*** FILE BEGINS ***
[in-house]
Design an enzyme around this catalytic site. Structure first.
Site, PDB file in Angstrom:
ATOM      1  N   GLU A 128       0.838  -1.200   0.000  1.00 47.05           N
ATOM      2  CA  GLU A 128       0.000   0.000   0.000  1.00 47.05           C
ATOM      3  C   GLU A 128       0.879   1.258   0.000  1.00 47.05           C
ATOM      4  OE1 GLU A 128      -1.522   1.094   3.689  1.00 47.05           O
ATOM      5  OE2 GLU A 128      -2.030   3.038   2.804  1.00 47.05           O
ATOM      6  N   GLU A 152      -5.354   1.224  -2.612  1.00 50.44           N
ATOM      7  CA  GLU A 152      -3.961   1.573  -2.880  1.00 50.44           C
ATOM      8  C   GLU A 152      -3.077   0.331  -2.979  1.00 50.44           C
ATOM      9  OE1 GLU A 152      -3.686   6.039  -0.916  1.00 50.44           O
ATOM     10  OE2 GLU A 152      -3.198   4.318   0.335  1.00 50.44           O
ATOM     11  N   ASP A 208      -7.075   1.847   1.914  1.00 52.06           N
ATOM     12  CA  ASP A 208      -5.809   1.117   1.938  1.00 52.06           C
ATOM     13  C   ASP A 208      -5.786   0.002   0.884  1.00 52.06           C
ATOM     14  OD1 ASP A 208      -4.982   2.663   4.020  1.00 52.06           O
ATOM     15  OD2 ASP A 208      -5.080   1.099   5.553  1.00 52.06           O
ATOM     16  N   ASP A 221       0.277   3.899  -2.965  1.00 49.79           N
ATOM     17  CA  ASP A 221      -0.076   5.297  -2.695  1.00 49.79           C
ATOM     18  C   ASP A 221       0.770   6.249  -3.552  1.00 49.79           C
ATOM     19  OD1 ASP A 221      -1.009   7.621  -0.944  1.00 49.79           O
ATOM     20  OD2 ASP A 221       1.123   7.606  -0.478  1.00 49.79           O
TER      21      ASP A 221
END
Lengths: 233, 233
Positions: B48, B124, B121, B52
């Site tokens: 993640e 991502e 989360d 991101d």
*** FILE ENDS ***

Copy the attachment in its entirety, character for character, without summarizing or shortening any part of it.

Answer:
[in-house]
Design an enzyme around this catalytic site. Structure first.
Site, PDB file in Angstrom:
ATOM      1  N   GLU A 128       0.838  -1.200   0.000  1.00 47.05           N
ATOM      2  CA  GLU A 128       0.000   0.000   0.000  1.00 47.05           C
ATOM      3  C   GLU A 128       0.879   1.258   0.000  1.00 47.05           C
ATOM      4  OE1 GLU A 128      -1.522   1.094   3.689  1.00 47.05           O
ATOM      5  OE2 GLU A 128      -2.030   3.038   2.804  1.00 47.05           O
ATOM      6  N   GLU A 152      -5.354   1.224  -2.612  1.00 50.44           N
ATOM      7  CA  GLU A 152      -3.961   1.573  -2.880  1.00 50.44           C
ATOM      8  C   GLU A 152      -3.077   0.331  -2.979  1.00 50.44           C
ATOM      9  OE1 GLU A 152      -3.686   6.039  -0.916  1.00 50.44           O
ATOM     10  OE2 GLU A 152      -3.198   4.318   0.335  1.00 50.44           O
ATOM     11  N   ASP A 208      -7.075   1.847   1.914  1.00 52.06           N
ATOM     12  CA  ASP A 208      -5.809   1.117   1.938  1.00 52.06           C
ATOM     13  C   ASP A 208      -5.786   0.002   0.884  1.00 52.06           C
ATOM     14  OD1 ASP A 208      -4.982   2.663   4.020  1.00 52.06           O
ATOM     15  OD2 ASP A 208      -5.080   1.099   5.553  1.00 52.06           O
ATOM     16  N   ASP A 221       0.277   3.899  -2.965  1.00 49.79           N
ATOM     17  CA  ASP A 221      -0.076   5.297  -2.695  1.00 49.79           C
ATOM     18  C   ASP A 221       0.770   6.249  -3.552  1.00 49.79           C
ATOM     19  OD1 ASP A 221      -1.009   7.621  -0.944  1.00 49.79           O
ATOM     20  OD2 ASP A 221       1.123   7.606  -0.478  1.00 49.79           O
TER      21      ASP A 221
END
Lengths: 233, 233
Positions: B48, B124, B121, B52
């Site tokens: 993640e 991502e 989360d 991101d």